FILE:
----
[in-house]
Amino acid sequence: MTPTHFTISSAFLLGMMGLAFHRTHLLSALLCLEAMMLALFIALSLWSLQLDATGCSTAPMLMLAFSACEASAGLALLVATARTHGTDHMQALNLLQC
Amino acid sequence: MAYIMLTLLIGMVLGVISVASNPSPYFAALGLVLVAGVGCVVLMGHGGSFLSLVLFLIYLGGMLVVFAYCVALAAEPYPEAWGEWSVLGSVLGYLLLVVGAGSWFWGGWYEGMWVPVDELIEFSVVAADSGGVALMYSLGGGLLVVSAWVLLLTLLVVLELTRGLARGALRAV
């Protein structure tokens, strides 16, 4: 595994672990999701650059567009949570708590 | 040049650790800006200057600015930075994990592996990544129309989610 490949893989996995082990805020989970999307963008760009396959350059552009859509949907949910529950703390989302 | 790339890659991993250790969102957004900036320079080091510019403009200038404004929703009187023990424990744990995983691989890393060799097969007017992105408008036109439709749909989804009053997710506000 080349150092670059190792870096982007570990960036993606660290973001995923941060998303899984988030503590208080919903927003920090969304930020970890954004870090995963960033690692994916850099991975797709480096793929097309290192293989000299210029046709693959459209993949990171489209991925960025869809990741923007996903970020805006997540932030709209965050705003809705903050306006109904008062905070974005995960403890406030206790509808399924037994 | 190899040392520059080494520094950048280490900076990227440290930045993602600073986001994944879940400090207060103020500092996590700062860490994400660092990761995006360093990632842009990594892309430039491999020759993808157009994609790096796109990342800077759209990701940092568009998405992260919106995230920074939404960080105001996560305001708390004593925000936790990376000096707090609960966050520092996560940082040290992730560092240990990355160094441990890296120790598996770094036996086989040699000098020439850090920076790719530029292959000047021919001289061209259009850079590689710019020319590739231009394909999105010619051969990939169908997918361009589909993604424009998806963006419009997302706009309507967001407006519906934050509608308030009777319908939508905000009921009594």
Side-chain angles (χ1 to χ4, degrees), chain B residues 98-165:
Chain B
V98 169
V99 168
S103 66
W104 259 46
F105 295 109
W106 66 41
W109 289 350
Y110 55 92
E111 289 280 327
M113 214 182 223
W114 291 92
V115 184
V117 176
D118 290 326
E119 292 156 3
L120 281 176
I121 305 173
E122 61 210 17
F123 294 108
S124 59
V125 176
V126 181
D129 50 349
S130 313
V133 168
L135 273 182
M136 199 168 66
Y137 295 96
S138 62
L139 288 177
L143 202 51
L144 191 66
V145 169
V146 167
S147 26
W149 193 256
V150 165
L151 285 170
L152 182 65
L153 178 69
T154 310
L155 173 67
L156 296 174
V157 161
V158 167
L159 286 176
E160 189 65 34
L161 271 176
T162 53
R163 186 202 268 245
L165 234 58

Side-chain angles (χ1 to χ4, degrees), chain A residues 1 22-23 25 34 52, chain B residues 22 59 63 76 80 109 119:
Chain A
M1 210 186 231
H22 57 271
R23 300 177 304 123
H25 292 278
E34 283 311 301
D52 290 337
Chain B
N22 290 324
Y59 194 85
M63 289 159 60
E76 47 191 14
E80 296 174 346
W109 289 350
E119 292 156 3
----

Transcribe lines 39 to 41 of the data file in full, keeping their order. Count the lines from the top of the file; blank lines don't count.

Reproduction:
V145 169
V146 167
S147 26